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Balancing Brain Chemistry with Dr William Walsh

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Balancing Brain Chemistry with Dr William Walsh

Are we giving enough credit to the role of nutrients in brain health and emotional wellbeing? 

Dr Bill Walsh is a world leading expert in the field of nutritional neurochemistry, he joins us today ahead of his speaking engagement at the 8th BioCeuticals Research Symposium. Dr Walsh has been educating medical professionals all over the world how to implement his clinically proven and evidence-based methods for restoring imbalances in neurochemical pathways. In this episode Dr Walsh shares his expertise on the biochemistry driving violent behaviour and other mental health conditions and how he has successfully used nutrients to correct these imbalances.

Covered in this episode

[00:40] Welcoming Dr William Walsh
[01:35] The biochemistry of violent behaviour
[05:56] Determining nutrient imbalances in the brain through lab tests
[08:05] Using nutrients to treat imbalances
[14:13] How diet factors into mental health
[21:09] Discussing copper and other nutrients that influence behaviour
[28:12] Nutrient Power and the future of nutrients in mental health
[29:40] What to expect from Bill at the 2020 BioCeuticals Research Symposium
[31:56] How to find a “Walsh-educated” physician and using nutrients as adjunct treatment to mainstream psychiatric medication


Andrew: This is FX Medicine. I'm Andrew Whitfield-Cook. Joining us on the line today is Dr William Walsh. He's the President of the nonprofit Walsh Research Institute near Chicago, and a key scientist driving the development of nutrient-based psychiatry. His book, "Nutrient Power," which describes an evidence-based nutrient therapy system is the result of his over 30 years of research and clinical experience. In addition to ongoing research studies, Dr Walsh directs an international physician education program in the US and in Australia, teaching advanced biochemical nutrient therapies, which is now used by over 800 doctors throughout the world. Welcome to FX Medicine, Dr Walsh, how are you?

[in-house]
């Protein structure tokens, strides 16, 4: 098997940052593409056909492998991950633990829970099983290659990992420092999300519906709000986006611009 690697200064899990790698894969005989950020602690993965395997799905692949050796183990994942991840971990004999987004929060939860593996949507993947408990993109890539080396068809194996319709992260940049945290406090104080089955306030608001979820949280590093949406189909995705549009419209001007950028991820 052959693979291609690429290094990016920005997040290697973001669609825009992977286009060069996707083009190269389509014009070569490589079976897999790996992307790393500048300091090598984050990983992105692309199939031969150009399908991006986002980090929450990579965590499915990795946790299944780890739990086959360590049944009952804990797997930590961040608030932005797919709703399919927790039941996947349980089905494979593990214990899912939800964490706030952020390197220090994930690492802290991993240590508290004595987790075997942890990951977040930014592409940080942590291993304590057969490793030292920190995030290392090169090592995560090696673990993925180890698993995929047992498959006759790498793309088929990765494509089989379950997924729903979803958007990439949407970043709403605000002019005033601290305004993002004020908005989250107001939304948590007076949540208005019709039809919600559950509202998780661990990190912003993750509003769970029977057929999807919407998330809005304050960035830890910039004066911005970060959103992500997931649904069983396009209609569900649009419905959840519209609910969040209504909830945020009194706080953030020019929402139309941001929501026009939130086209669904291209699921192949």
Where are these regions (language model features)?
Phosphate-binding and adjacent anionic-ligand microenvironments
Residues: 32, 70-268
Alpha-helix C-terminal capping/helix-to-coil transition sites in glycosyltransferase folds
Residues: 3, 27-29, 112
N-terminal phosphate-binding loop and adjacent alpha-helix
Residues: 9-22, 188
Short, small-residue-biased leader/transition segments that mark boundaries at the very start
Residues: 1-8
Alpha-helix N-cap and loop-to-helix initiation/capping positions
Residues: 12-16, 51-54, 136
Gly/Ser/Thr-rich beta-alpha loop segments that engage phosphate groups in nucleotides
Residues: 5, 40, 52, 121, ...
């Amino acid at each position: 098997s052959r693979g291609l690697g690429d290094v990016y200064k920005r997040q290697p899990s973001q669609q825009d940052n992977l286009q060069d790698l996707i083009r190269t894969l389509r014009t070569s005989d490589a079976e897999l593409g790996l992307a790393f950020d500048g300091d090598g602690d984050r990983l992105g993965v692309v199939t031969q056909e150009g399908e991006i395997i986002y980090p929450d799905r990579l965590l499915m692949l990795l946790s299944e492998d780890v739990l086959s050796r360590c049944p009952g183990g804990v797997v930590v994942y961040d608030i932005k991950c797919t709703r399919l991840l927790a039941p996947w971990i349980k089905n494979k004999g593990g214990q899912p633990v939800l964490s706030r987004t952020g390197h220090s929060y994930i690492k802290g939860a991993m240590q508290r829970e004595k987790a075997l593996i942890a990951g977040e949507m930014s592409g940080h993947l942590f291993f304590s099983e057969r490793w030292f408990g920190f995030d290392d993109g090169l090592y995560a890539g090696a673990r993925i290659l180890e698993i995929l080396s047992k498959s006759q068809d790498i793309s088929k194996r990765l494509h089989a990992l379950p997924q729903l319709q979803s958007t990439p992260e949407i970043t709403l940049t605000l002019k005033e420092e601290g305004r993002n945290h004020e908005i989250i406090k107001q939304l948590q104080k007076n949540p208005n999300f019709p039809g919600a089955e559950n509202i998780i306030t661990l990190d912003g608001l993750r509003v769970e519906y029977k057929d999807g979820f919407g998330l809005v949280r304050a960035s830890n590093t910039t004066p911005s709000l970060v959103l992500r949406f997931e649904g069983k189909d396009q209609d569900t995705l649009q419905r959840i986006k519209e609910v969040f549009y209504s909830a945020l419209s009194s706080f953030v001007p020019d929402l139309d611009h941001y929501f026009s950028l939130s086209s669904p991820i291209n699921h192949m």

Bill: I'm just fine. I'm really looking forward to coming to Melbourne next April to speak at the BioCeuticals Research Symposium.

Andrew: I am champing at the bit to meet you in person and to learn more about what you have garnered over the years of research and experiences as we said. Let's go back a little bit in history though. You studied the biochemistry of violent criminals for many years.

Bill: Now, that's how I started. Exactly. I was actually a prison volunteer and I wasn't involved originally in research but I was working at Argonne National Laboratory. And my program basically just grew and grew and eventually I had 125 people volunteering and helping at Stateville Penitentiary. But as we went on, I started a ex-offender program trying to help prisoners when they got out, helping them to not repeat what they had done. And I met the families that had produced a criminal, and that's how I really got started. I learned that many of these people, many of the criminals came from really good families with other brothers and sisters who turned out fine. And we realised we didn't understand what was the cause of violent behaviour. And since I was at a research organisation, I started doing chemical testing trying to see if I could find differences. And that's really how it all began.

Andrew: Okay. So just going back a little bit further than that. What tweaked in your mind that it might be biochemistry based, you know, this cause of violent behaviour?

Bill: Well, the reason was that before that, myself and most people in America, and probably Australia too, had the belief that criminals basically were that way mainly because of trauma, especially early in life or poor parenting and life experiences, basically. And what I learned in talking to the families was they were telling me that these children were, some of them were doing terrible things by the time they were two years old, and they were shocking and horrifying the parents. And so I began to believe there had to be something else, something innate, that they were born with a tendency for bad behaviours, or at least I was questioning that. So I started doing experiments to see if they were different, focusing on doing blood and urine testing to see whether I could find something related to brain chemistry.

Andrew: What about nature versus nurture? What about just being born bad, your genes?

Bill: Well, what I learned is that the recipe for a criminal really is to have inborn, bad chemistry that predisposes to that, and then to have a bad environment. That would be the worst possible combination.

Andrew: Right, so the perfect storm. And what about the most common nutrient deficiencies or imbalances that you see in individuals with mental health, behaviour, learning disorders, that sort of neurobehavioral disorder?